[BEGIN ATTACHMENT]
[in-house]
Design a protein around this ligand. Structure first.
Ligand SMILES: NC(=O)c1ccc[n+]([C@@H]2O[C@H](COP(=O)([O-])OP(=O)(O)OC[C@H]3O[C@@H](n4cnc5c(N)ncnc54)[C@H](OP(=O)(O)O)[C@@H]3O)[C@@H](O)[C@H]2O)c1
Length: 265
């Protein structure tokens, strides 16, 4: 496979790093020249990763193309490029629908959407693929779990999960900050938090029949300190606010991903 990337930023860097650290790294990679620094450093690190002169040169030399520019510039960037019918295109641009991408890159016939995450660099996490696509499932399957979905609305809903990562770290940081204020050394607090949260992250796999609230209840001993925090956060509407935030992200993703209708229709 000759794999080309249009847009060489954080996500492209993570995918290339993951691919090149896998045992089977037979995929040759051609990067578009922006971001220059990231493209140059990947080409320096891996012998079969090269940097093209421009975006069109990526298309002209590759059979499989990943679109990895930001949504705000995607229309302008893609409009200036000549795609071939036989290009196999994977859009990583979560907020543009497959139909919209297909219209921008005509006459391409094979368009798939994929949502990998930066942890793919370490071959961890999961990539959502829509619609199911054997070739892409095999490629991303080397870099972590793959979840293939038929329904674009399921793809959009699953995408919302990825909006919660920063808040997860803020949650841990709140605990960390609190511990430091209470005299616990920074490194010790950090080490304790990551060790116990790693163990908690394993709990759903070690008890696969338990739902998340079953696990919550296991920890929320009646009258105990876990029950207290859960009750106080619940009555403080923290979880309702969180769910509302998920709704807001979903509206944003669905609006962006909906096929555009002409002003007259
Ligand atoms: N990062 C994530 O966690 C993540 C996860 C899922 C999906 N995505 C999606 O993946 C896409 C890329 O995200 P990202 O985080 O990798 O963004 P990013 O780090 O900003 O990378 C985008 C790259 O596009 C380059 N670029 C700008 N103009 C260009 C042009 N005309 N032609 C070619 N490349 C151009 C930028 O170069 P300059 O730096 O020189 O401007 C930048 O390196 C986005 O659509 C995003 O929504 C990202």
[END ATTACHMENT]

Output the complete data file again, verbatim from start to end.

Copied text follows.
[in-house]
Design a protein around this ligand. Structure first.
Ligand SMILES: NC(=O)c1ccc[n+]([C@@H]2O[C@H](COP(=O)([O-])OP(=O)(O)OC[C@H]3O[C@@H](n4cnc5c(N)ncnc54)[C@H](OP(=O)(O)O)[C@@H]3O)[C@@H](O)[C@H]2O)c1
Length: 265
């Protein structure tokens, strides 16, 4: 496979790093020249990763193309490029629908959407693929779990999960900050938090029949300190606010991903 990337930023860097650290790294990679620094450093690190002169040169030399520019510039960037019918295109641009991408890159016939995450660099996490696509499932399957979905609305809903990562770290940081204020050394607090949260992250796999609230209840001993925090956060509407935030992200993703209708229709 000759794999080309249009847009060489954080996500492209993570995918290339993951691919090149896998045992089977037979995929040759051609990067578009922006971001220059990231493209140059990947080409320096891996012998079969090269940097093209421009975006069109990526298309002209590759059979499989990943679109990895930001949504705000995607229309302008893609409009200036000549795609071939036989290009196999994977859009990583979560907020543009497959139909919209297909219209921008005509006459391409094979368009798939994929949502990998930066942890793919370490071959961890999961990539959502829509619609199911054997070739892409095999490629991303080397870099972590793959979840293939038929329904674009399921793809959009699953995408919302990825909006919660920063808040997860803020949650841990709140605990960390609190511990430091209470005299616990920074490194010790950090080490304790990551060790116990790693163990908690394993709990759903070690008890696969338990739902998340079953696990919550296991920890929320009646009258105990876990029950207290859960009750106080619940009555403080923290979880309702969180769910509302998920709704807001979903509206944003669905609006962006909906096929555009002409002003007259
Ligand atoms: N990062 C994530 O966690 C993540 C996860 C899922 C999906 N995505 C999606 O993946 C896409 C890329 O995200 P990202 O985080 O990798 O963004 P990013 O780090 O900003 O990378 C985008 C790259 O596009 C380059 N670029 C700008 N103009 C260009 C042009 N005309 N032609 C070619 N490349 C151009 C930028 O170069 P300059 O730096 O020189 O401007 C930048 O390196 C986005 O659509 C995003 O929504 C990202």